Wednesday, 23 January 2013

In the eye of the beholder...

I think I've mentioned this before - the thing about describing the behaviour to the student and not making judgements, but here I go again, because I've come across a perfect video to illustrate it.

To sum up simply: If someone seems like they're not listening to you, that doesn't mean they don't hear and understand every word you say. The same goes for a whole palette of possible misinterpretations...

And then there's this (be sure to click on the link, seriously - it's a gem). It begins with dr. Mary Helen Immordino-Yang of Rossier school of Education saying: "Real thinking is never divorced from emotion". Later on she elaborates it mentioning Descartes' error, term which also stands for António Damásio's book and signifies the division Descartes made between mind and body, emotions and reason which is erroneous in  Damásio's  view- skip to 5:20 to catch that. There's also a discussion on standardized tests and frustration in learning. I was happy to hear an expert say we should teach kids what they need to know regardless of the test format and then just help them apply it to the test, because it only covers a little bit of what they'll need in life. So very true about the school leaving test my students will take at the end of fourth grade - which is why I'm trying to bring the context of the outer world into the classroom as much as I can.
All in all -I've seen the video twice and am still discovering things. Check it out!!!

All my love,

Sunday, 20 January 2013

A sum of its parts: no more or no less?

So, I've joined an EVO session this year and decided to stick to it. Last year I gave up, because of the Blogathon - time management issues, but this year I'm persisting.

For those of you who don't know what an EVO session is, here it goes: EVO stands for Electronic Village Online. It's educators and scientists coming together to explore a subject for four or five weeks during January and February. Everything is free and everyone are welcome. There are workshops and discussions, sometimes live webinars, where people from all around the world share a learning experience or two - as you can join more than one EVO session, this year 10 are on offer.

I've joined Neuroscience in Education: Braining-Up Your English Lessons. Why? A part of me just wants to do everything at the same time, but it turns out I also had some mythical reasons. Puzzled? Well, let me explain. This little post of mine is not just a post. Every EVO participant needs to have a portfolio, so this is also the inaugural post of my first EVO portfolio. During EVO's week 1, we had to introduce ourselves with the basics of how brains work and some commonly accepted brain myths. It turns out - learning styles are something of a myth, as are multiple intelligences. I'm not sure if I like that. I grew very fond of learning styles and they helped me understand myself and my students better. I'll still give this a chance, maybe I learn even more.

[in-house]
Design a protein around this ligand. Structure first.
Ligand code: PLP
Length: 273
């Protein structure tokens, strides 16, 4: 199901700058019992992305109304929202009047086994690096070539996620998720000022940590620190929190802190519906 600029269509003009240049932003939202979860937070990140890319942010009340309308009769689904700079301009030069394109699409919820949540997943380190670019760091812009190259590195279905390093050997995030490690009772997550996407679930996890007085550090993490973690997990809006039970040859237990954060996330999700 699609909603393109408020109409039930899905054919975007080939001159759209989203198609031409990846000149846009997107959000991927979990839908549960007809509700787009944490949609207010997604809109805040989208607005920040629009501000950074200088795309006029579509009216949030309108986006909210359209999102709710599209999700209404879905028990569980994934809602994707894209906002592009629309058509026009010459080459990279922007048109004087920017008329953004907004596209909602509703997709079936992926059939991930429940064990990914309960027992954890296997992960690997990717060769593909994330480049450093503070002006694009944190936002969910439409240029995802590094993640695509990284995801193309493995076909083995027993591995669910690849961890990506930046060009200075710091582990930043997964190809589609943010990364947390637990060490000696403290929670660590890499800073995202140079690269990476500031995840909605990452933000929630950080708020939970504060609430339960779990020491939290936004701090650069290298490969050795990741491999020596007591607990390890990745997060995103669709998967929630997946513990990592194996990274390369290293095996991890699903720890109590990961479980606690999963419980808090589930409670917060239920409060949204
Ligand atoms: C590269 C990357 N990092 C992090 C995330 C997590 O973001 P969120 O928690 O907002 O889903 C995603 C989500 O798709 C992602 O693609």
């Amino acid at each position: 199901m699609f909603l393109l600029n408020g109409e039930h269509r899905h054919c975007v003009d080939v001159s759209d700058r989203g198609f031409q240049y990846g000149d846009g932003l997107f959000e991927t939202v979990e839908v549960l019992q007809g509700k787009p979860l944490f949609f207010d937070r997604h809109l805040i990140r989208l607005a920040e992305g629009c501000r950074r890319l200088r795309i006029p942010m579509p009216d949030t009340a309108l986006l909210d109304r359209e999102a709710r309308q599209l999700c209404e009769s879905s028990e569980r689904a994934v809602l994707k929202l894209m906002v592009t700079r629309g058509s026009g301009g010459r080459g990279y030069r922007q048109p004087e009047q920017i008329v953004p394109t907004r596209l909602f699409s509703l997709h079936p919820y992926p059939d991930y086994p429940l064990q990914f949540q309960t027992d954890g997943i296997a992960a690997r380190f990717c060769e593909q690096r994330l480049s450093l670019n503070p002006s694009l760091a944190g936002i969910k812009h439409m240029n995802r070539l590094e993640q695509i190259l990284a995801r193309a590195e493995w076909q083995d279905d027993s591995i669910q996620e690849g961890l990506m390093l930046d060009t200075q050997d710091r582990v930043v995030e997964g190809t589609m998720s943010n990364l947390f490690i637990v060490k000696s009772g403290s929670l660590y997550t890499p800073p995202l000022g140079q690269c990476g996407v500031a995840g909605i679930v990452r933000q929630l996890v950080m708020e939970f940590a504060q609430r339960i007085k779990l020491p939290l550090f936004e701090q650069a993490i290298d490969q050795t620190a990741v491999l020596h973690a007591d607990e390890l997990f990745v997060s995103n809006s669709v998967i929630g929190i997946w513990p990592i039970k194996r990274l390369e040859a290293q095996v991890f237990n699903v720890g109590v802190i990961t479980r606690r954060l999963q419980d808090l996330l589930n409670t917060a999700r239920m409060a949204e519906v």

There's another thing that struck me. In the material on Brain Basics (unfortunately I do not know the author or where it came from), I came across a very strong claim of what philosophy calls materialism:

All perceptions, thoughts and behaviors result from combinations of signals among neurons.

Sounds lacking in romance? No spirits or wonder? Well, judge for yourself:

If all of that is true, then do we know how a thought is formed? This opens door to so many unbelievable Matrix meets Inception and Eternal Sunshine of the Spotless Mind possibilities. Can we actually plant a thought into someone's brain?

Here are some more brain myths - see how well you fare:

So there's my food for thought, my ideas to mull on and explore.

What is the most resilient parasite? Bacteria? A virus? An intestinal worm? An idea. Resilient... highly contagious. Once an idea has taken hold of the brain it's almost impossible to eradicate. An idea that is fully formed - fully understood - that sticks; right in there somewhere. (Inception, 2010)

Are we JUST a sum of our parts? Are we a SUM of our parts? Or is there something more? Why introduce the more at all? And why not?

Well, no more or no less, I leave you with an anecdote on how wondrous whatever we are may be:

Teacher: What can we see in the sky?
Pupil One (8): A star!
Pupil Two(8): A moon!
Pupil Three(8): Pretty rainbows!
Teacher: Good job!! And what else!!
Pupil Four(8): A black hole!!
Pupil Five (8): No you can't see it with the naked eye - they're anomalies!!!!

Love to all,

Wednesday, 9 January 2013

To start off with a bang...

...or an ode, as you like it. But one must confess this is an example of gooooood collaboration.

There's some impressive patience and attention shown off at 4:24. 

Love to all near and far,